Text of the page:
The Following: Are You There Professor Carroll? No, You Aren’t, Because You Escaped!

[This is the latest in a series of letters sent by writer Jason Reich to Prof. Joseph Carroll, the imprisoned serial killer played by James Purefoy on FOX’s The Following. The character is fictional. That Reich believes himself to be among Carroll’s fervent acolytes is not.]

Dear Professor Carroll,

WOW! All is forgiven, Prof. Carroll. Any doubts have been completely washed away. This was, by far, the most exciting episode yet, by which I mean that something almost happened. And about time, too. Every week you taunt Agent Kevin Bacon with hints of how you’ve “just begun,” tormenting him with “all that’s going to happen” and letting him know there’s “so much more to come.” Protip: next time you meticulously plan a bloody murder-by-proxy kidnapping plot, you might want at least something to happen before half the season is over.

First, let me just say that my plans to form my own Following didn’t quite pan out.

Seems that everyone who replies to a post on Craigslist expects some used stereo equipment or free handjobs, and after a while I was just exhausted. You know, from carrying all the speakers around. But that’s okay, because I am 100% back on Team Joe. This week you managed to finagle a prison transfer, which, by the way, was so unnecessary because I would have totally put you up at my place. It’s not much, but it’s home. Specifically, my mom’s home. But I have a separate entrance! And the fold-out couch sleeps two comfortably. Just think about it, is all I’m saying.

Anyway, I was hooked from the moment Agent Debbie, who is supervising the transfer, tells Agent Bacon, “I’ll make sure nothing goes wrong,” thereby guaranteeing something will go wrong. And it does! Instead of leaving on the prison truck, you escape in the trunk of your lawyer’s car! I can’t imagine how you pulled that off. No, quite seriously, I can’t imagine how in any conceivable reality this could actually happen. I can only assume in your genius you arranged for her to get a reserved parking space deep inside your maximum security prison.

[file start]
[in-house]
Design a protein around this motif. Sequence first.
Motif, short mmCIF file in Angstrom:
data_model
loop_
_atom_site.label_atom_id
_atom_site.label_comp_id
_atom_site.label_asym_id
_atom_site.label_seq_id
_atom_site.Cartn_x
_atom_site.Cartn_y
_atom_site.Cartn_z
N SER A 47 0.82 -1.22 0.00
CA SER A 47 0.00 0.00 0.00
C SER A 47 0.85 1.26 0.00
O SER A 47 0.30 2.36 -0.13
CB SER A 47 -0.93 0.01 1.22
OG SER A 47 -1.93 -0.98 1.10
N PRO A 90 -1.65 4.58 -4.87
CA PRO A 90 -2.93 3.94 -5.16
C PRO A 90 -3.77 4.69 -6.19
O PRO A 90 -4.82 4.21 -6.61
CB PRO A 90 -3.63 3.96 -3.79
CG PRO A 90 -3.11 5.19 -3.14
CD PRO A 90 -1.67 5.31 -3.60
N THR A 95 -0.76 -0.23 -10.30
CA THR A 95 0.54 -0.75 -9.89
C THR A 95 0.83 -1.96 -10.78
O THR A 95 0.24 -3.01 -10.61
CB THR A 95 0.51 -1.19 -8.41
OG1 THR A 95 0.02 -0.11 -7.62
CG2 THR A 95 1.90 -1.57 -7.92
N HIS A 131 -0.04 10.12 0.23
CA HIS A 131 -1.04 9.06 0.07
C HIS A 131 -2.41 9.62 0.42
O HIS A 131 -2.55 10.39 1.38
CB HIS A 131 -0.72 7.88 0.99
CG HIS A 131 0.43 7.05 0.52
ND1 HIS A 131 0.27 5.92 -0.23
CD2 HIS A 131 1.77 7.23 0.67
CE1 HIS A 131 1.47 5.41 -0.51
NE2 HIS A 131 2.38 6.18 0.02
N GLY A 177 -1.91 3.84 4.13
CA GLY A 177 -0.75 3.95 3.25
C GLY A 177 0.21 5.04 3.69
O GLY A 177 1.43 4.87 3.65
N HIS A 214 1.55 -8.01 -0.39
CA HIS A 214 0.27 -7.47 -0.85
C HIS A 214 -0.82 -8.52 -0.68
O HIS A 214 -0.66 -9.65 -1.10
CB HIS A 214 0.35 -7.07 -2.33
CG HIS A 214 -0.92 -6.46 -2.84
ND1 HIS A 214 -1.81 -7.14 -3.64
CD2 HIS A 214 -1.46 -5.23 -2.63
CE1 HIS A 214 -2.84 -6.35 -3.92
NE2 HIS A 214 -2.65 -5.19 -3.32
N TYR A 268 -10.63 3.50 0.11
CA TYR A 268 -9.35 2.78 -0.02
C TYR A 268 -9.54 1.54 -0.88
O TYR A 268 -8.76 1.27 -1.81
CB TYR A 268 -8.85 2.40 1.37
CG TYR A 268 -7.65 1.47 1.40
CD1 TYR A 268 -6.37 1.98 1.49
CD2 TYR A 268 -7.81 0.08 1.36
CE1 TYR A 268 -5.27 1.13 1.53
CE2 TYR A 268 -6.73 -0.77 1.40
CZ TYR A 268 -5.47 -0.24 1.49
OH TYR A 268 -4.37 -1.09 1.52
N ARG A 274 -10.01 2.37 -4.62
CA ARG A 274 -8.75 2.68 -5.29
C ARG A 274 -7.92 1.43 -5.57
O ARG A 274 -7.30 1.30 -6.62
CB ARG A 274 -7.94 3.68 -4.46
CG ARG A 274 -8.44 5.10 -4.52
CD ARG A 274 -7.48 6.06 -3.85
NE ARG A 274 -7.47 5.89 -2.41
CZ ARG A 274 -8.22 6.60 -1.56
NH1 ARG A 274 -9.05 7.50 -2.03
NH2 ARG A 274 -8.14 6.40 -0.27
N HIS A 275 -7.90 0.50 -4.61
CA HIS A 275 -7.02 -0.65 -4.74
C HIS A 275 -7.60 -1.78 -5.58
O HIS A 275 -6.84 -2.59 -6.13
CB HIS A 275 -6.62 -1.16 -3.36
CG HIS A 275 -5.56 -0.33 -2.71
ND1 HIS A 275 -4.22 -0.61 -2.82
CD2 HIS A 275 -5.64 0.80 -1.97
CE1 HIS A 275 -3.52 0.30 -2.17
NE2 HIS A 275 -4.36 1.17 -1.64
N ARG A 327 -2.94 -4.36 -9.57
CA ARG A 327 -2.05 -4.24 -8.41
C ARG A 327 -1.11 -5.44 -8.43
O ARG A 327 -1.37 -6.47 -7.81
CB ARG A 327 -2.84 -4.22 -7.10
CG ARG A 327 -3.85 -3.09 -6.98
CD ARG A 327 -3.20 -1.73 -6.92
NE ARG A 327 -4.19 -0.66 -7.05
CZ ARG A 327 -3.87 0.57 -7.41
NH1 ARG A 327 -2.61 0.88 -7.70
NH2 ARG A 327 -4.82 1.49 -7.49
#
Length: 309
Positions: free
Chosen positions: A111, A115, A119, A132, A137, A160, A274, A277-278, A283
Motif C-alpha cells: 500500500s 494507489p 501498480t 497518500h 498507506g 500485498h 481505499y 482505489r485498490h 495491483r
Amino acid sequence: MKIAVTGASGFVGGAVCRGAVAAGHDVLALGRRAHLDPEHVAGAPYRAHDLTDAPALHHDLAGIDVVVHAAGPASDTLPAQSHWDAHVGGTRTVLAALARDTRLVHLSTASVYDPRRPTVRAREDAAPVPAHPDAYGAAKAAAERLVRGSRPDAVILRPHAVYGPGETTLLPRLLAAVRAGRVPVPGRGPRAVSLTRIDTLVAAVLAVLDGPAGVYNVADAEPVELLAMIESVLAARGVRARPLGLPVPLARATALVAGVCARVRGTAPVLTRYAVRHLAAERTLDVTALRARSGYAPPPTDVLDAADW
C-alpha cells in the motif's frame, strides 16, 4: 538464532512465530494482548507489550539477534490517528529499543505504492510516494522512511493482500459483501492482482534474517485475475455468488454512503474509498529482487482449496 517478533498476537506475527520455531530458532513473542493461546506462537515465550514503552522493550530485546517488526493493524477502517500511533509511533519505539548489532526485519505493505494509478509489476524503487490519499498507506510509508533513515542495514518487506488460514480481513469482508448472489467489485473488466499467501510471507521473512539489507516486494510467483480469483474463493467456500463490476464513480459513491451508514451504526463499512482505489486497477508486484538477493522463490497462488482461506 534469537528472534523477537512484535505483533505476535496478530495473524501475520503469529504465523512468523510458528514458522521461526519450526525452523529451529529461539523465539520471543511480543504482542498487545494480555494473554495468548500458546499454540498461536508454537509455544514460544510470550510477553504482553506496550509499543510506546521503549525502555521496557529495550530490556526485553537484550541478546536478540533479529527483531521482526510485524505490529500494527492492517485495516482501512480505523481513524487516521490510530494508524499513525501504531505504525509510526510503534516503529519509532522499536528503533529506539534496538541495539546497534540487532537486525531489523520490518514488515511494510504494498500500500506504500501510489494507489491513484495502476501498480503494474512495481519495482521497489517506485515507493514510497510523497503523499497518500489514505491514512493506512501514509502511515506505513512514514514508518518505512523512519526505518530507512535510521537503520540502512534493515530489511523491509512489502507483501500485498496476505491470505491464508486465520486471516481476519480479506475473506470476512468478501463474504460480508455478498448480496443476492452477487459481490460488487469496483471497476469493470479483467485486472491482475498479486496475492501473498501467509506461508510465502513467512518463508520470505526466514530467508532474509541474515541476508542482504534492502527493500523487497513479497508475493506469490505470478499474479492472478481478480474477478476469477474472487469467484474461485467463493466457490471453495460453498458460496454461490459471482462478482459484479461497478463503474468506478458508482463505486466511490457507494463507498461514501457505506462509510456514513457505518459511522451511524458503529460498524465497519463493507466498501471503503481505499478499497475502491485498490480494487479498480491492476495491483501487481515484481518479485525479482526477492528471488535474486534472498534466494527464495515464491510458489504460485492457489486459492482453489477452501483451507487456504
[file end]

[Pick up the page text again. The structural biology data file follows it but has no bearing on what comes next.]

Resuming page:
Meanwhile, Nanny takes Little Joey to some kind of creepy garage (note to Hollywood set designers: random chains hanging from ceiling = always creepy) and tries to make small talk with the proprietor, not realizing that small talk is generally not a common habit among bald dudes with neck tattoos. Sorry, Nanny, but you’re in the big leagues now. No more get-to-know-you murder parties where you all sit around playing drinking games like “I Never” and “Pin The Tail On The Couple Of Indeterminate Sexuality.” Naturally, Little Joey sneaks away while nobody’s looking. No offense, Prof. Carroll, but how did this lady get the nanny job in the first place? If she were watching any other kid, that child would have drank several liters of paint by now.

But the best part is…now you’re free! Agent Bacon and Agent Mike managed to track you to an office building, but you got away by exploiting their strict use of FBI protocol, which is to make a lot of noise, create panic and run blindly up isolated stairways while unarmed. Then you got into a helicopter and took off, soaring into the sky like my spirits as I watched you fly to safety. It was so inspiring to see you welcomed home by all your dedicated acolytes, who have given their lives to obeying your every command because you…wrote a book or something? Sorry, that part still isn’t quite clear to me. (I mean, for me it’s the rakish stubble and devil-may-care twinkle in your eye, but I can only speak for myself.)

Whew! What a mildly thrilling week! Now I know it’s only a matter of time before you come knocking at my door in your form-fitting Edgar Allen Poe mask that accentuates your devastating dimples. I’ll invite my sister and the kids over for Frito Pie. They’d love to meet you! Enjoy freedom, Professor, and see you soon.

Your devoted servant,

P.S. I noticed the letters on your lawyer’s license plate were FGUE. A subliminal message to the FBI? Or perhaps viewers of this show?